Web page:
Seattle council approves 'bill of rights' for domestic workers

A group of nannies and house cleaners are the newest group to challenge city hall for new rights. Organizers with Working Washington said thousands of workers don’t have the same basic protections most workers have in Seattle. (Photo: KOMO News)

SEATTLE - The Seattle City Council unanimously approved on Monday a 'bill of rights' for domestic workers who perform jobs such as nanny, house cleaner and landscaping.

The groundbreaking law would help ensure domestic workers receive proper rest and meal breaks, minimum wage, and are able to retain their personal, original documents. The changes apply to domestic workers regardless of classification.

The ordinance, sponsored by Councilwoman Teresa Mosqueda, creates a special panel of workers and employers who would work together to set industry standards on wages, retirement benefits, training, workers' compensation, sick leave and other issues.

Seattle is the first city in the United States to have a domestic workers' bill of rights. Eight states have similar laws including Oregon, New York and Illinois.

“We can be the start of a really big change for the rest of the country,” said Ty Messiah who has been a nanny for three years.

She’s been outspoken in her support of the legislation saying not all nannies get benefits and a decent pay like she does with her currently employer.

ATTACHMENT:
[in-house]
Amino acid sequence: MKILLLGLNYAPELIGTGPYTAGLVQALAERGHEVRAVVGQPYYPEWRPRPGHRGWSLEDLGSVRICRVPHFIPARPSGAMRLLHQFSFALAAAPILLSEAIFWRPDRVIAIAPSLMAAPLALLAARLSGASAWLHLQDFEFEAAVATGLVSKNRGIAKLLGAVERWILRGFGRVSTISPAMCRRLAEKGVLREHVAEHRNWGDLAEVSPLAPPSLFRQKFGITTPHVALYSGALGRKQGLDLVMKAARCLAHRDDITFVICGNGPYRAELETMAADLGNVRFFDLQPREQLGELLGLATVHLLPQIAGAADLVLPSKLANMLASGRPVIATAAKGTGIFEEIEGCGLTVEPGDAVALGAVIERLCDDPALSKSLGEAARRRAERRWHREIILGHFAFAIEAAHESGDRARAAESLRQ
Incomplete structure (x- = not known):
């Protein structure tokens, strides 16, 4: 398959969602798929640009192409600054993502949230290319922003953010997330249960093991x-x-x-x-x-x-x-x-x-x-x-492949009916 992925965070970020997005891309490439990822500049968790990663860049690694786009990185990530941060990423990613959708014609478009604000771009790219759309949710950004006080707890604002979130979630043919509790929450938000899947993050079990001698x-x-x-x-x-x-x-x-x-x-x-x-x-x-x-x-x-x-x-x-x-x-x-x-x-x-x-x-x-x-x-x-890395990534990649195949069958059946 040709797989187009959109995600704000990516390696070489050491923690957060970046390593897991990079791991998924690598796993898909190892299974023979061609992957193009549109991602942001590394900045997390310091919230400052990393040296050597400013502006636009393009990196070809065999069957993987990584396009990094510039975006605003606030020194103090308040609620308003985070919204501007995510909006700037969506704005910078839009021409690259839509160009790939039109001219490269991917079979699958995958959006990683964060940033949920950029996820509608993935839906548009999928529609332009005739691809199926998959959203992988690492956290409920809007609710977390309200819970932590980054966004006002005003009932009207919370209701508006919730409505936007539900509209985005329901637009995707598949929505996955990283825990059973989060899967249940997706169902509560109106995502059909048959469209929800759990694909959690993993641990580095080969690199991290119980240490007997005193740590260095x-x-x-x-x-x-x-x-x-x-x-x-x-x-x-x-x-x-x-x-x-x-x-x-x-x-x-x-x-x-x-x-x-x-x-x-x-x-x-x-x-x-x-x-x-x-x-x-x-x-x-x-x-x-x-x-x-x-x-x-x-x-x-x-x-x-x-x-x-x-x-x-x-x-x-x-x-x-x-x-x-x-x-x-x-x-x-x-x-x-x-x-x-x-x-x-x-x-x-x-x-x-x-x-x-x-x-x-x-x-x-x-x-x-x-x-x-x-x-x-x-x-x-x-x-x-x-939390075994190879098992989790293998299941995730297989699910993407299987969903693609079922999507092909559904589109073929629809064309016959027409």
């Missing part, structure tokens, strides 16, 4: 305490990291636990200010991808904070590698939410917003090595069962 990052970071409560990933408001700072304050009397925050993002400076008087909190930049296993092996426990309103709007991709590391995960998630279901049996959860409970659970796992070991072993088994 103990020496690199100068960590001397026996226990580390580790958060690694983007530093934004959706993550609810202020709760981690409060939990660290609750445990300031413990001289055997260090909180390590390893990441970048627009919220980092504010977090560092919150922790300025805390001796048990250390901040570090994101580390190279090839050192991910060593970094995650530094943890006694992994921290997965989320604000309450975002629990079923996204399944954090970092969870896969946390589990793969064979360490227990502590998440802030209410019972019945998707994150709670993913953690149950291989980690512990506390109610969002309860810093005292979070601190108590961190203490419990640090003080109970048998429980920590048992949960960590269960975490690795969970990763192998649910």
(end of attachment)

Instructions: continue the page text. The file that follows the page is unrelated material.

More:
“Sometimes domestic workers have kids who get sick too, but they don't have the time or the money to take care of their own children. But they are inside your house taking care of yours," said Messiah.

Seattle Mayor Jenny Durkan said she will sign the legislation.

“Domestic workers – who are usually women and who are disproportionately immigrants and people of color – have been marginalized and left out of worker protections for decades. Tens of thousands of men and women who work tirelessly in Seattle deserve these basic rights and standards," she said in a prepared statement following the vote. "Building economic opportunity means protecting all workers through fair wages and fair rights."

According to the Seattle Domestic Workers Alliance, there are approximately 33,000 domestic workers in Seattle, including nannies, house cleaners and home-care workers.

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